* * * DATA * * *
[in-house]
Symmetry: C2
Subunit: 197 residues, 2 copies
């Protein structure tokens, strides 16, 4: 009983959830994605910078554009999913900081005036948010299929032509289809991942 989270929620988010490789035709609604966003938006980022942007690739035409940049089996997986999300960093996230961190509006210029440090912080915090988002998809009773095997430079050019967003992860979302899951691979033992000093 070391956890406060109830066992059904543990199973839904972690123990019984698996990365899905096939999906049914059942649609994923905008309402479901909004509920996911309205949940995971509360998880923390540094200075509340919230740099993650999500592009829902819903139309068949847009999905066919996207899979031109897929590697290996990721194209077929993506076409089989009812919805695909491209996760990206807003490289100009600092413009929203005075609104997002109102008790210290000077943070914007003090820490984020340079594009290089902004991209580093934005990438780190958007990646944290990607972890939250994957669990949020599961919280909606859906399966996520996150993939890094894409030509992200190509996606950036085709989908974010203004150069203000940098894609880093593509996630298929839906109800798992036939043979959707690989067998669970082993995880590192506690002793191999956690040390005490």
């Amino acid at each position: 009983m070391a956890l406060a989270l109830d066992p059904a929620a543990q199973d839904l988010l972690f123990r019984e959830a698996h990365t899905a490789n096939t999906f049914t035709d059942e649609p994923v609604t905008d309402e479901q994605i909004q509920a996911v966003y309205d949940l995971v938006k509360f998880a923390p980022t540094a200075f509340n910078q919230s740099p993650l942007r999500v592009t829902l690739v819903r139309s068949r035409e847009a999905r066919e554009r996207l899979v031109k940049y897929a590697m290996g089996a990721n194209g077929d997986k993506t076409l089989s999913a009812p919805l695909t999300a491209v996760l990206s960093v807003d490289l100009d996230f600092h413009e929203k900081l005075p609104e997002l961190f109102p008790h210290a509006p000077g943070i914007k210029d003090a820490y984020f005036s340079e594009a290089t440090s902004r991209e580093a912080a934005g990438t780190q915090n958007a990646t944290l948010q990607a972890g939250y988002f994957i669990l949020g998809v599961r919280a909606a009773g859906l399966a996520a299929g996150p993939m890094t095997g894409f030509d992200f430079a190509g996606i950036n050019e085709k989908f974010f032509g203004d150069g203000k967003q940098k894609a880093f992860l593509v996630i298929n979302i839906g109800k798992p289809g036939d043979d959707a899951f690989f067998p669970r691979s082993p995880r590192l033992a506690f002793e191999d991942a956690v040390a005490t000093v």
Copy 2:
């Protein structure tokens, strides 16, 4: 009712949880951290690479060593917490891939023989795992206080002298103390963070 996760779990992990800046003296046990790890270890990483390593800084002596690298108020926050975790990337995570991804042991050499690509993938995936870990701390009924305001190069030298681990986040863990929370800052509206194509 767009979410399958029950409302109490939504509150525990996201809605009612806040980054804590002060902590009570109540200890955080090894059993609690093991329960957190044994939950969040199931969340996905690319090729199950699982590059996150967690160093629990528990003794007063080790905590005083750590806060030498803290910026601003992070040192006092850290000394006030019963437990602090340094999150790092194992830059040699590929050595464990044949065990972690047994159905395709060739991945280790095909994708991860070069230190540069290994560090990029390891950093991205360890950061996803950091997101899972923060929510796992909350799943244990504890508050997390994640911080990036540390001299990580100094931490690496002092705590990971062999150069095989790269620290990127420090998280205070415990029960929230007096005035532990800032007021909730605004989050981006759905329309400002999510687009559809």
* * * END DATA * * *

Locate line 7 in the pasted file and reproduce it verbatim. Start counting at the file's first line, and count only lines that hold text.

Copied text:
């Protein structure tokens, strides 16, 4: 009712949880951290690479060593917490891939023989795992206080002298103390963070 996760779990992990800046003296046990790890270890990483390593800084002596690298108020926050975790990337995570991804042991050499690509993938995936870990701390009924305001190069030298681990986040863990929370800052509206194509 767009979410399958029950409302109490939504509150525990996201809605009612806040980054804590002060902590009570109540200890955080090894059993609690093991329960957190044994939950969040199931969340996905690319090729199950699982590059996150967690160093629990528990003794007063080790905590005083750590806060030498803290910026601003992070040192006092850290000394006030019963437990602090340094999150790092194992830059040699590929050595464990044949065990972690047994159905395709060739991945280790095909994708991860070069230190540069290994560090990029390891950093991205360890950061996803950091997101899972923060929510796992909350799943244990504890508050997390994640911080990036540390001299990580100094931490690496002092705590990971062999150069095989790269620290990127420090998280205070415990029960929230007096005035532990800032007021909730605004989050981006759905329309400002999510687009559809």